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Industry Articles and Resources

Aging America: The Iceberg Dead Ahead
This article by Thomas Lynch in the Spring 2009 IAIABC Journal discusses how America’s increasingly aging workforce will significantly change the face of workers’ compensation and will overwhelm the nation’s entitlement programs, specifically Social Security, SSDI and Medicare over the next decade. Lynch makes the case that neither states, the federal government, or insurers are adequately prepared for the claims and cost identified problems and offers recommendations to address these problems.   [more]

The Best Health Care in The World
Most Americans know that health care costs, particularly group health care costs, have been rising steadily, year after year, like a child’s helium balloon that gets released into the air. What most Americans do not know is that, if group health is the helium balloon, medical costs in workers’ compensation are the helium balloon on speed, rising at double the rate of group health. Many think that rising costs are the inevitable result of having “the best health care system in the world.” But are we indeed? This essay compares the U.S. health care system with other developed countries in terms of costs and quality. It can be quite eye opener. [more]

Hartford VT School District Benefits From an Active Injury Management Program
In 1978, when Vermont’s Town of Hartford School District hired him straight out of the University of Vermont Teacher Corps to become the Director of Pupil Personnel and Special Education, John OHaus didn’t foresee himself ending up as the Assistant Superintendent, responsible for just about everything in the system, including workers’ compensation. But that’s what happened. [more]

Contractor Law Update Vexes Firms
In this article, Worcester Sunday Telegram Business Editor Andi Esposito examines the difficulties facing employers in the wake of a recent update in Massachusetts law regarding independent contractors. Lynch Ryan's Jon Coppelman comments on the problem that the law creates for contractors and other employers in terms of responsbility for workers compensation coverage. [more]

Are You a Good Risk?
Organizations must present an attractive risk to underwriters or run the risk of being forced into assigned-risk pools. In this article, (The Journal of Workers Compensation, Fall 2004) Jon Coppelman presents an overview of the conventional under-writing process and its various components, including a discussion of the limitations of the proc-ess. He suggests a variety specific situations - organizational expansions, the aging of the work force, and downsizing - where the paper process may fall short, and offers guidelines for defining a "good risk."  [more]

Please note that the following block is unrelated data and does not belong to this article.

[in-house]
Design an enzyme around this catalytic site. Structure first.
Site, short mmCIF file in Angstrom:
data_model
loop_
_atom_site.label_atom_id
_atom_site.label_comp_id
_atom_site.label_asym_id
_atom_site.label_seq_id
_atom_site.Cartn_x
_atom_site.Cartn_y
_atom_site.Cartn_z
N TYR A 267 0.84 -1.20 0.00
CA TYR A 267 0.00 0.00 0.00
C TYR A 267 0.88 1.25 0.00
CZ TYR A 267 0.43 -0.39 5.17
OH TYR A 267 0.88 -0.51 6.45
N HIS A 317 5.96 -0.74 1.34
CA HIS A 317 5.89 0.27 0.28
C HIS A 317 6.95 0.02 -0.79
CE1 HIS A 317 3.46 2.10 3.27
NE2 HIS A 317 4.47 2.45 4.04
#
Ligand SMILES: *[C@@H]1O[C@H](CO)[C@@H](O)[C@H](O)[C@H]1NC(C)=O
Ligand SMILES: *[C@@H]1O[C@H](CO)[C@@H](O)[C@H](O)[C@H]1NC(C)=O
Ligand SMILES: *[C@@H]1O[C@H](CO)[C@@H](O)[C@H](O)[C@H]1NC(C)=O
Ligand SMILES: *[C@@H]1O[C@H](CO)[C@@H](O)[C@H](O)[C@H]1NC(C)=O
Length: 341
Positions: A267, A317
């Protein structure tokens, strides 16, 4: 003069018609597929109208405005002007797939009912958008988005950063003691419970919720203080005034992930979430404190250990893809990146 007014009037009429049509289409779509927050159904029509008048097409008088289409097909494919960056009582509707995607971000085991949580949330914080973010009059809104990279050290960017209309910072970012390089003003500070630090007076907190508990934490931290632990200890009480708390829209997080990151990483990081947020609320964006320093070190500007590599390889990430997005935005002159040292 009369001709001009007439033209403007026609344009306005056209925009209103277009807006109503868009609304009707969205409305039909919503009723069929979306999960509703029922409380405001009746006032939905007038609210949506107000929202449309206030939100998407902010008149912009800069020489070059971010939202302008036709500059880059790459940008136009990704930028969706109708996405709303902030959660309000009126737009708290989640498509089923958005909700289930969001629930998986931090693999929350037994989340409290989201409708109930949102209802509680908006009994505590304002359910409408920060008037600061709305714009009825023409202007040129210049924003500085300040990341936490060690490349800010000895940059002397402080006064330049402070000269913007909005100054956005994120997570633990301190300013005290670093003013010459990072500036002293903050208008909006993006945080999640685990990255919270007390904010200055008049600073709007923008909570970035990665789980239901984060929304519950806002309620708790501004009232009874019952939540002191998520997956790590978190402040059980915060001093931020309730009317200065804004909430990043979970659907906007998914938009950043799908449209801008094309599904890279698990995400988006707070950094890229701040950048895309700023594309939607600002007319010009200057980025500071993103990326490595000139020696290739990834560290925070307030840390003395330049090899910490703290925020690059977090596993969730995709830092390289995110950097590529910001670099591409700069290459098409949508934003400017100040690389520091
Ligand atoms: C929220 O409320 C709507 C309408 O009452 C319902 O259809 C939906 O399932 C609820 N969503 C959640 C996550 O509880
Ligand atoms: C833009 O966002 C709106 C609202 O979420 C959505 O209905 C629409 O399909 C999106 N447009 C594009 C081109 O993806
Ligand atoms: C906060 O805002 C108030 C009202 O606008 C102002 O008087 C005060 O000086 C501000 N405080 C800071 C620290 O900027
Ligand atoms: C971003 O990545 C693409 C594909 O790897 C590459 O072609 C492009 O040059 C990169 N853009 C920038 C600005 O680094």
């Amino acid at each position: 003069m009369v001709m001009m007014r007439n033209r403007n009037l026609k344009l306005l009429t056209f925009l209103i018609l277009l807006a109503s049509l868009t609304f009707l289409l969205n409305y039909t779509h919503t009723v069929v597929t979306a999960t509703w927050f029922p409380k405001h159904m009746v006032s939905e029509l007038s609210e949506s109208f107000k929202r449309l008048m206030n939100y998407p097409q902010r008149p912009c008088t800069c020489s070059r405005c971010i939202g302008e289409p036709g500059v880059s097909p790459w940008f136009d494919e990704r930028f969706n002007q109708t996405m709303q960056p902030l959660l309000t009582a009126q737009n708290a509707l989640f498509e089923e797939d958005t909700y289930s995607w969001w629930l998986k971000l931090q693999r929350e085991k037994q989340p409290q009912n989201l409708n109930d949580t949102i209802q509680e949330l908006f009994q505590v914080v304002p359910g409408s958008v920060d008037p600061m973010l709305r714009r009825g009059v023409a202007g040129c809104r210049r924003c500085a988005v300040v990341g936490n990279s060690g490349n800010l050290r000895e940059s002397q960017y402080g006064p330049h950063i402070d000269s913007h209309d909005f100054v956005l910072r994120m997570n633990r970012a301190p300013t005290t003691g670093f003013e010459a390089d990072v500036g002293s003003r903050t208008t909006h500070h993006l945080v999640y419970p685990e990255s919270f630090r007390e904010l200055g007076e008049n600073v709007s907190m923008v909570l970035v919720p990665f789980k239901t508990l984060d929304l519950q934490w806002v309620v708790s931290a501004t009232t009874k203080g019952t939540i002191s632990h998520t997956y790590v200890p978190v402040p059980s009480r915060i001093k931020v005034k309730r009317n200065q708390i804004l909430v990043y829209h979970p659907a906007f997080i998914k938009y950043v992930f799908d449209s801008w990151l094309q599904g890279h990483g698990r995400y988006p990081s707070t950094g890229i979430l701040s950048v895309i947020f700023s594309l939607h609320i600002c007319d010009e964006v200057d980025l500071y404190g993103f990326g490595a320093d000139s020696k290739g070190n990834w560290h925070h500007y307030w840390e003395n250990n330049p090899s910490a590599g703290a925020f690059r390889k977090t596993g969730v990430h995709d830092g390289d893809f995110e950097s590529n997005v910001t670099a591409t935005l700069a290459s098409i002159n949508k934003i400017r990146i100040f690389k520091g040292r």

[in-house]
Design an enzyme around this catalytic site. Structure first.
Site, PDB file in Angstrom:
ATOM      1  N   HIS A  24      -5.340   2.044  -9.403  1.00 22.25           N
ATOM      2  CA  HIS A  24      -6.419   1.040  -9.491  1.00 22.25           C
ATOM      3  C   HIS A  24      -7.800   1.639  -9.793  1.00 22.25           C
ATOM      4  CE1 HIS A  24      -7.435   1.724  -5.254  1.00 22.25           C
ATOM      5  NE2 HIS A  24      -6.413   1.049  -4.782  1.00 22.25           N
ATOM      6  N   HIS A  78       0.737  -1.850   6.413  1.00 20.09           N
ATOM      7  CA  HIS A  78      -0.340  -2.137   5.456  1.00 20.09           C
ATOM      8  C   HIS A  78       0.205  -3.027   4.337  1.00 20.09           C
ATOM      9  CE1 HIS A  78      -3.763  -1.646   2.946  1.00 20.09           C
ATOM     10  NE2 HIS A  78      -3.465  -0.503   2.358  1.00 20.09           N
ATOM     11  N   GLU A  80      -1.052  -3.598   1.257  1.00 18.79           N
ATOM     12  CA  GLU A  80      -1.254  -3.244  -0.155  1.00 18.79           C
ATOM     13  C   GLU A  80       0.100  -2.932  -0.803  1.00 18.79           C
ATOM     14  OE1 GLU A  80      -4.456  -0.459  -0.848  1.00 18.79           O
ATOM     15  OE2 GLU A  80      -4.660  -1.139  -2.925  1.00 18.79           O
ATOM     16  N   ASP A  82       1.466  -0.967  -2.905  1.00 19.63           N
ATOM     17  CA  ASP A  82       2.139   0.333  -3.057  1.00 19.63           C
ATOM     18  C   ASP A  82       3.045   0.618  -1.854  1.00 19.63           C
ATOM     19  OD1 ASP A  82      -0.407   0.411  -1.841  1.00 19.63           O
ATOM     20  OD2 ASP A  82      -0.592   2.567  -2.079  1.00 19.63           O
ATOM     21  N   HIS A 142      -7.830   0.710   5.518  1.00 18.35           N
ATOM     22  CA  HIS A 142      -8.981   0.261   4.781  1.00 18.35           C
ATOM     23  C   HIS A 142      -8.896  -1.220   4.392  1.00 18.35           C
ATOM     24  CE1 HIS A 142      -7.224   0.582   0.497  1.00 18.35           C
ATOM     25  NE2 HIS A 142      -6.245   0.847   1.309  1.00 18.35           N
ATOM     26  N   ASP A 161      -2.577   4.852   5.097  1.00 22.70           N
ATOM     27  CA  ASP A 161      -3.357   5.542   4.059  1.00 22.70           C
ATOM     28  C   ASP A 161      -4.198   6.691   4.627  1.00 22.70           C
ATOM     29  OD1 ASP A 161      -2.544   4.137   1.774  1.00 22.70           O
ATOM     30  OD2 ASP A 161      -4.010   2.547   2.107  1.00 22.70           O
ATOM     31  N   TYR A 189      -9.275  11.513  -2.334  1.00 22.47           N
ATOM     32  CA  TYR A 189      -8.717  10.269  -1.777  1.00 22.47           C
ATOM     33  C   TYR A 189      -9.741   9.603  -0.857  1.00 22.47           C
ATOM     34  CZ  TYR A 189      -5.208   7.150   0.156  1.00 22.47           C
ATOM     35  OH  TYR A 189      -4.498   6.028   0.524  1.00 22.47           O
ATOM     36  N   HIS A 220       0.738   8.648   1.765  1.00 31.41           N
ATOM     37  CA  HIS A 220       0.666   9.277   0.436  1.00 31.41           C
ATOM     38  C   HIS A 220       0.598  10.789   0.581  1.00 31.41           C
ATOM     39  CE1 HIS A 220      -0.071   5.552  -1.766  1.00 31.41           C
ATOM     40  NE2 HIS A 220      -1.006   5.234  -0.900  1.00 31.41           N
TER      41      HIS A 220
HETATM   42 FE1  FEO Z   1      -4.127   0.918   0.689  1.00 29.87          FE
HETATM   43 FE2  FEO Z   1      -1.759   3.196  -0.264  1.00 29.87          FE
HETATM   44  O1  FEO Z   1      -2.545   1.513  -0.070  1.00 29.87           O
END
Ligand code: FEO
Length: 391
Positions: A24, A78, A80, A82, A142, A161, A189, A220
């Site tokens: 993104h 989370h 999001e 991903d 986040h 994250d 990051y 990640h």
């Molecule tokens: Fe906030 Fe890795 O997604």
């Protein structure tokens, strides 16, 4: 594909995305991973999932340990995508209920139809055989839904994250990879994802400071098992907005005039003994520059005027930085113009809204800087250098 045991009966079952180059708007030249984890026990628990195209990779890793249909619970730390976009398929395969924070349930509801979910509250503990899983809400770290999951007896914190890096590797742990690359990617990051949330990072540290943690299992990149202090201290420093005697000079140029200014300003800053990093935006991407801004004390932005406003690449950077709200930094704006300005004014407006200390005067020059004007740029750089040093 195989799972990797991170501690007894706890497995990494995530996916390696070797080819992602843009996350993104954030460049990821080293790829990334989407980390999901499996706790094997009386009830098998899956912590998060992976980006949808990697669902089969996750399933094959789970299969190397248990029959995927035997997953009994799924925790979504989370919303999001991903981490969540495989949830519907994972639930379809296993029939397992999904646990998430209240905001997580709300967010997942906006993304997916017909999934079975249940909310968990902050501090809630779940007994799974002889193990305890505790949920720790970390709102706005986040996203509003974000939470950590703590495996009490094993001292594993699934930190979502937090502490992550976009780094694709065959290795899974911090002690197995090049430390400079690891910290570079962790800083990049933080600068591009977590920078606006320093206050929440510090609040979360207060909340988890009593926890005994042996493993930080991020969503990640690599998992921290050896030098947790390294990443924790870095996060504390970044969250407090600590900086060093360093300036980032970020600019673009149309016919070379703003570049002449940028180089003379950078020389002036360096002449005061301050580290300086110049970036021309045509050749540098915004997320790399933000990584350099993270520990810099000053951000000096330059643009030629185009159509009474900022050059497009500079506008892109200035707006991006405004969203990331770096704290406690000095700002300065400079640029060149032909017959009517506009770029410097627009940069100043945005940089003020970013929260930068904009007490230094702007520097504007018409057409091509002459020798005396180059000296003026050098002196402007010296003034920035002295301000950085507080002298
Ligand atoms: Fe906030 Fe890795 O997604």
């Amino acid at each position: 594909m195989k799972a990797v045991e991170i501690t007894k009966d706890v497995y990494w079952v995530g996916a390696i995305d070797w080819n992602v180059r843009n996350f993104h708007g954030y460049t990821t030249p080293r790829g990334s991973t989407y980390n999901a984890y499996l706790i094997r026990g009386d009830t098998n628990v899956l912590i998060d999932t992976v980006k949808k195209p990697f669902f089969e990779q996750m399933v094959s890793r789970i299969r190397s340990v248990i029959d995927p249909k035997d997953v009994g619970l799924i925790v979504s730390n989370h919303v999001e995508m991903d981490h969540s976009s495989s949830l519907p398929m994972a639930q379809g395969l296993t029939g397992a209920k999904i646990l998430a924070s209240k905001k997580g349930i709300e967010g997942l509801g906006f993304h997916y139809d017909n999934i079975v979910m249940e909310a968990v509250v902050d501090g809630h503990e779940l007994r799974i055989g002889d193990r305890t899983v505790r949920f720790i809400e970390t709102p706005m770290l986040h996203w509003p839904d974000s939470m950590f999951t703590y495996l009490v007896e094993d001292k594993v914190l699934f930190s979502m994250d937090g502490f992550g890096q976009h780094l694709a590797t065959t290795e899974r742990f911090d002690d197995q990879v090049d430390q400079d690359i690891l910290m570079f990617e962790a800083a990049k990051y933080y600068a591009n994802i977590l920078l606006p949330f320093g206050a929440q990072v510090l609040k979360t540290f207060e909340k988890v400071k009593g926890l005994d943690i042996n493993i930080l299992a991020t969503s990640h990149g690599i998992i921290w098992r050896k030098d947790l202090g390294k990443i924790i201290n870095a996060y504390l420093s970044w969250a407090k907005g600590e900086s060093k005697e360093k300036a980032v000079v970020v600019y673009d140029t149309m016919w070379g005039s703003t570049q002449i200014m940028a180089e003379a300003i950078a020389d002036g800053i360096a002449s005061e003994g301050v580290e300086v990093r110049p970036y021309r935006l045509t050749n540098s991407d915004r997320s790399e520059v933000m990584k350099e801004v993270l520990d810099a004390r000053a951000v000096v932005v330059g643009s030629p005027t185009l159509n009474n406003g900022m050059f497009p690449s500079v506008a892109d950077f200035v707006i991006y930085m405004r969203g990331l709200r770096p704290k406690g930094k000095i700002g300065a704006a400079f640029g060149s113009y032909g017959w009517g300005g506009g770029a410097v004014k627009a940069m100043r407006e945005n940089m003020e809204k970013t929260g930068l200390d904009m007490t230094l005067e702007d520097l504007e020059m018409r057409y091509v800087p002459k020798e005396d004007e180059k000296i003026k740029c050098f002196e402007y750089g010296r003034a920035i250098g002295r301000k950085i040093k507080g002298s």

Good Grief! Does Our Future Lie in California?
This article by Thomas Lynch (The Journal of Workers Compensation, Winter 2004) examines the pre-reform California workers compensation dilemma. It presents an overview of the historic underpinnings of the workers compensation system, identifies some of the forces that led to system breakdown, and suggests that the answer to the problems - for employers in California and elsewhere - lies not in the legislatures or the courts but in the workplace.  [more

Best Practices for Workers Compensation
Learn new tips, tools, and practices that will help you to manage your workers compensation program. We’ve compiled some of the most important topics from the archive of our weblog, the Workers Comp Insider. Topics range from performance measurement to prevention – we add new features monthly. [more]

Down The Rabbit Hole
Attorney General Tom Reilly has parachuted himself and his office smack-dab into the middle of the Massachusetts workers' compensation rate filing debate. In doing so, he threatens to pull the entire system headfirst down the rabbit hole, right behind Alice and the March Hare.[more]

Where the Rubber Meets the Road: Risk Management for Employees Who Drive
When employers hire drivers, they routinely check driving records. That's just common sense. But when the same employers hire craftsmen, salesmen, technicians, attorneys, accountants, and others who have to drive to carry out their jobs, the screening focuses exclusively on the technical skills needed to perform the work.[more]

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